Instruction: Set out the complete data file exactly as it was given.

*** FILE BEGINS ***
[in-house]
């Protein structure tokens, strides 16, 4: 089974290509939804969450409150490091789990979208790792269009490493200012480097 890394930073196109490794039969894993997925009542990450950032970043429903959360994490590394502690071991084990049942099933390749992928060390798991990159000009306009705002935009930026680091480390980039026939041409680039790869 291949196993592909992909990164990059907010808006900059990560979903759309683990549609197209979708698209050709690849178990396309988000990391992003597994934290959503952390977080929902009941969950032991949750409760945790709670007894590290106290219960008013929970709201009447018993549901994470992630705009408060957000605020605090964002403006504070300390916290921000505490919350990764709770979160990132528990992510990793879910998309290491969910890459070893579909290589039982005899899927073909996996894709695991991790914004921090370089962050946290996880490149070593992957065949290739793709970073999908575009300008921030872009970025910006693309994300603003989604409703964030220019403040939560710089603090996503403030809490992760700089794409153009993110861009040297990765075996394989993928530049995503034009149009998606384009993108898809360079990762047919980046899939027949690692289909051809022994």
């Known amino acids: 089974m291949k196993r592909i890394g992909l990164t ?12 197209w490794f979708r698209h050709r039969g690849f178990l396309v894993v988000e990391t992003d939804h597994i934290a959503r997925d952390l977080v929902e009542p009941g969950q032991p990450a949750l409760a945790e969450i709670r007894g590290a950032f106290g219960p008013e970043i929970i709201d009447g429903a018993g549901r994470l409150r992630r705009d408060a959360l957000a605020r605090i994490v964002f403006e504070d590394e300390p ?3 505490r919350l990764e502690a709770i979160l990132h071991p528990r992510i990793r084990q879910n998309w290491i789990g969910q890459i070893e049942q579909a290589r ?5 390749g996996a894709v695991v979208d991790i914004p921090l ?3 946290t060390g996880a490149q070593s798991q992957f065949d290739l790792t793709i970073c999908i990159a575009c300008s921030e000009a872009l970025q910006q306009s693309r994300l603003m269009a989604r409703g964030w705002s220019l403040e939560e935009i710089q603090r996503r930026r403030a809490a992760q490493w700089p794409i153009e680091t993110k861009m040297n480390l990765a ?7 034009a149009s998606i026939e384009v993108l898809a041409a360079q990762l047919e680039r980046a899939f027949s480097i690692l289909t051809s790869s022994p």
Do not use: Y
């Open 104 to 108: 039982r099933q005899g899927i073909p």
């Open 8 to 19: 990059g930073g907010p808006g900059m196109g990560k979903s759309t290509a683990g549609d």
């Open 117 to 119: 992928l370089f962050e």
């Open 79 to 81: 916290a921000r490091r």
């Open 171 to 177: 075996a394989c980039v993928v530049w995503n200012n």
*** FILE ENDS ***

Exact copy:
[in-house]
């Protein structure tokens, strides 16, 4: 089974290509939804969450409150490091789990979208790792269009490493200012480097 890394930073196109490794039969894993997925009542990450950032970043429903959360994490590394502690071991084990049942099933390749992928060390798991990159000009306009705002935009930026680091480390980039026939041409680039790869 291949196993592909992909990164990059907010808006900059990560979903759309683990549609197209979708698209050709690849178990396309988000990391992003597994934290959503952390977080929902009941969950032991949750409760945790709670007894590290106290219960008013929970709201009447018993549901994470992630705009408060957000605020605090964002403006504070300390916290921000505490919350990764709770979160990132528990992510990793879910998309290491969910890459070893579909290589039982005899899927073909996996894709695991991790914004921090370089962050946290996880490149070593992957065949290739793709970073999908575009300008921030872009970025910006693309994300603003989604409703964030220019403040939560710089603090996503403030809490992760700089794409153009993110861009040297990765075996394989993928530049995503034009149009998606384009993108898809360079990762047919980046899939027949690692289909051809022994």
């Known amino acids: 089974m291949k196993r592909i890394g992909l990164t ?12 197209w490794f979708r698209h050709r039969g690849f178990l396309v894993v988000e990391t992003d939804h597994i934290a959503r997925d952390l977080v929902e009542p009941g969950q032991p990450a949750l409760a945790e969450i709670r007894g590290a950032f106290g219960p008013e970043i929970i709201d009447g429903a018993g549901r994470l409150r992630r705009d408060a959360l957000a605020r605090i994490v964002f403006e504070d590394e300390p ?3 505490r919350l990764e502690a709770i979160l990132h071991p528990r992510i990793r084990q879910n998309w290491i789990g969910q890459i070893e049942q579909a290589r ?5 390749g996996a894709v695991v979208d991790i914004p921090l ?3 946290t060390g996880a490149q070593s798991q992957f065949d290739l790792t793709i970073c999908i990159a575009c300008s921030e000009a872009l970025q910006q306009s693309r994300l603003m269009a989604r409703g964030w705002s220019l403040e939560e935009i710089q603090r996503r930026r403030a809490a992760q490493w700089p794409i153009e680091t993110k861009m040297n480390l990765a ?7 034009a149009s998606i026939e384009v993108l898809a041409a360079q990762l047919e680039r980046a899939f027949s480097i690692l289909t051809s790869s022994p």
Do not use: Y
């Open 104 to 108: 039982r099933q005899g899927i073909p």
């Open 8 to 19: 990059g930073g907010p808006g900059m196109g990560k979903s759309t290509a683990g549609d």
């Open 117 to 119: 992928l370089f962050e």
């Open 79 to 81: 916290a921000r490091r």
């Open 171 to 177: 075996a394989c980039v993928v530049w995503n200012n």